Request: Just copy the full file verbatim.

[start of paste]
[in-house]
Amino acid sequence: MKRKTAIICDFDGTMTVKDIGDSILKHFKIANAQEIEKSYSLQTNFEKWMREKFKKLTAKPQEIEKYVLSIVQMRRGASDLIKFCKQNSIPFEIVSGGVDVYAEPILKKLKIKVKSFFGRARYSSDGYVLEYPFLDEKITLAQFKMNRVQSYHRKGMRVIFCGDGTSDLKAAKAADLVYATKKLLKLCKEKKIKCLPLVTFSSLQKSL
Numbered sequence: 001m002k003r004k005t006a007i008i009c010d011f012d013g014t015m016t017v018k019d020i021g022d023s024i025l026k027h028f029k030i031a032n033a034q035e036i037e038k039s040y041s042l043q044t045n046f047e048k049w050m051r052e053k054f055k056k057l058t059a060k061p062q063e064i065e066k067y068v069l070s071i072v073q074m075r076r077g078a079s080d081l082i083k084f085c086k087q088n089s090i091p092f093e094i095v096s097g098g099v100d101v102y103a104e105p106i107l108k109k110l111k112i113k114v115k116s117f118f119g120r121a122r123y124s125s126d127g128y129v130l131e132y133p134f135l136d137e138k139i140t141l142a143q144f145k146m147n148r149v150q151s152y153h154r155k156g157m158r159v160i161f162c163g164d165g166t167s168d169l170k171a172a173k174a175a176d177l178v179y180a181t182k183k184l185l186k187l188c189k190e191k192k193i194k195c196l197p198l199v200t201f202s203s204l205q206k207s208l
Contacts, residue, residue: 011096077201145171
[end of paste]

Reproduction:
[in-house]
Amino acid sequence: MKRKTAIICDFDGTMTVKDIGDSILKHFKIANAQEIEKSYSLQTNFEKWMREKFKKLTAKPQEIEKYVLSIVQMRRGASDLIKFCKQNSIPFEIVSGGVDVYAEPILKKLKIKVKSFFGRARYSSDGYVLEYPFLDEKITLAQFKMNRVQSYHRKGMRVIFCGDGTSDLKAAKAADLVYATKKLLKLCKEKKIKCLPLVTFSSLQKSL
Numbered sequence: 001m002k003r004k005t006a007i008i009c010d011f012d013g014t015m016t017v018k019d020i021g022d023s024i025l026k027h028f029k030i031a032n033a034q035e036i037e038k039s040y041s042l043q044t045n046f047e048k049w050m051r052e053k054f055k056k057l058t059a060k061p062q063e064i065e066k067y068v069l070s071i072v073q074m075r076r077g078a079s080d081l082i083k084f085c086k087q088n089s090i091p092f093e094i095v096s097g098g099v100d101v102y103a104e105p106i107l108k109k110l111k112i113k114v115k116s117f118f119g120r121a122r123y124s125s126d127g128y129v130l131e132y133p134f135l136d137e138k139i140t141l142a143q144f145k146m147n148r149v150q151s152y153h154r155k156g157m158r159v160i161f162c163g164d165g166t167s168d169l170k171a172a173k174a175a176d177l178v179y180a181t182k183k184l185l186k187l188c189k190e191k192k193i194k195c196l197p198l199v200t201f202s203s204l205q206k207s208l
Contacts, residue, residue: 011096077201145171